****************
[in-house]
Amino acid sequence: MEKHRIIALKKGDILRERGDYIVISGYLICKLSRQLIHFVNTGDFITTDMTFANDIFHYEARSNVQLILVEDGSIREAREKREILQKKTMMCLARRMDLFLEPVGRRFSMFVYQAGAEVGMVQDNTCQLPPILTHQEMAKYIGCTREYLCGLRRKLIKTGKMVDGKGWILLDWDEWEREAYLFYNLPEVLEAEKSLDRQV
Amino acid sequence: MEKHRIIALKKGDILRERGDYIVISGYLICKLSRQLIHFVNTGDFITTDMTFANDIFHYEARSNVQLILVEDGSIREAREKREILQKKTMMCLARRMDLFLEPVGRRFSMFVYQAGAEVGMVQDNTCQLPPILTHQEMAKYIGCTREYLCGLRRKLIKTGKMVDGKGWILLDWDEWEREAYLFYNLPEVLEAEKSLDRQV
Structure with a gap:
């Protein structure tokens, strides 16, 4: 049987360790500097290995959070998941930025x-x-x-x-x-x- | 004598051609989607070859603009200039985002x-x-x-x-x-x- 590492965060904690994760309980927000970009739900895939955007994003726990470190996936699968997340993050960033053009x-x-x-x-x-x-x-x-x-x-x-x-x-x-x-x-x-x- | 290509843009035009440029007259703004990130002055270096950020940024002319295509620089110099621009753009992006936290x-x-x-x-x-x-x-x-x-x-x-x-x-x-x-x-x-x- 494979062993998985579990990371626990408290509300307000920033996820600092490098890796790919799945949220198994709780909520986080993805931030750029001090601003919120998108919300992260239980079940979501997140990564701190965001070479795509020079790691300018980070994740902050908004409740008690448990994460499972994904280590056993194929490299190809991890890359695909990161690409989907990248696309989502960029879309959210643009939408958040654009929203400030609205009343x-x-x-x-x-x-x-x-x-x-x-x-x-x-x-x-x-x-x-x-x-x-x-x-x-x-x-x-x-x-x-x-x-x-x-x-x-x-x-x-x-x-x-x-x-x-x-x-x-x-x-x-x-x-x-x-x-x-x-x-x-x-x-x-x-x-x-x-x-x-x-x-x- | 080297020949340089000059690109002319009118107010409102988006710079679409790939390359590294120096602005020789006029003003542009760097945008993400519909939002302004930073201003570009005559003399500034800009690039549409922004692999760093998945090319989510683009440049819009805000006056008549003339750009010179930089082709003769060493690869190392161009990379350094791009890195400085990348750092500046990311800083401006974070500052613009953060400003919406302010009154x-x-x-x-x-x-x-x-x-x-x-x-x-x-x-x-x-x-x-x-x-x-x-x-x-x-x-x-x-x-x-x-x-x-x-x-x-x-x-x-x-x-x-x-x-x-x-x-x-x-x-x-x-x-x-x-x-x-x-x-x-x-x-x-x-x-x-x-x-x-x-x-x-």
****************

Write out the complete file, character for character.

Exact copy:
[in-house]
Amino acid sequence: MEKHRIIALKKGDILRERGDYIVISGYLICKLSRQLIHFVNTGDFITTDMTFANDIFHYEARSNVQLILVEDGSIREAREKREILQKKTMMCLARRMDLFLEPVGRRFSMFVYQAGAEVGMVQDNTCQLPPILTHQEMAKYIGCTREYLCGLRRKLIKTGKMVDGKGWILLDWDEWEREAYLFYNLPEVLEAEKSLDRQV
Amino acid sequence: MEKHRIIALKKGDILRERGDYIVISGYLICKLSRQLIHFVNTGDFITTDMTFANDIFHYEARSNVQLILVEDGSIREAREKREILQKKTMMCLARRMDLFLEPVGRRFSMFVYQAGAEVGMVQDNTCQLPPILTHQEMAKYIGCTREYLCGLRRKLIKTGKMVDGKGWILLDWDEWEREAYLFYNLPEVLEAEKSLDRQV
Structure with a gap:
């Protein structure tokens, strides 16, 4: 049987360790500097290995959070998941930025x-x-x-x-x-x- | 004598051609989607070859603009200039985002x-x-x-x-x-x- 590492965060904690994760309980927000970009739900895939955007994003726990470190996936699968997340993050960033053009x-x-x-x-x-x-x-x-x-x-x-x-x-x-x-x-x-x- | 290509843009035009440029007259703004990130002055270096950020940024002319295509620089110099621009753009992006936290x-x-x-x-x-x-x-x-x-x-x-x-x-x-x-x-x-x- 494979062993998985579990990371626990408290509300307000920033996820600092490098890796790919799945949220198994709780909520986080993805931030750029001090601003919120998108919300992260239980079940979501997140990564701190965001070479795509020079790691300018980070994740902050908004409740008690448990994460499972994904280590056993194929490299190809991890890359695909990161690409989907990248696309989502960029879309959210643009939408958040654009929203400030609205009343x-x-x-x-x-x-x-x-x-x-x-x-x-x-x-x-x-x-x-x-x-x-x-x-x-x-x-x-x-x-x-x-x-x-x-x-x-x-x-x-x-x-x-x-x-x-x-x-x-x-x-x-x-x-x-x-x-x-x-x-x-x-x-x-x-x-x-x-x-x-x-x-x- | 080297020949340089000059690109002319009118107010409102988006710079679409790939390359590294120096602005020789006029003003542009760097945008993400519909939002302004930073201003570009005559003399500034800009690039549409922004692999760093998945090319989510683009440049819009805000006056008549003339750009010179930089082709003769060493690869190392161009990379350094791009890195400085990348750092500046990311800083401006974070500052613009953060400003919406302010009154x-x-x-x-x-x-x-x-x-x-x-x-x-x-x-x-x-x-x-x-x-x-x-x-x-x-x-x-x-x-x-x-x-x-x-x-x-x-x-x-x-x-x-x-x-x-x-x-x-x-x-x-x-x-x-x-x-x-x-x-x-x-x-x-x-x-x-x-x-x-x-x-x-």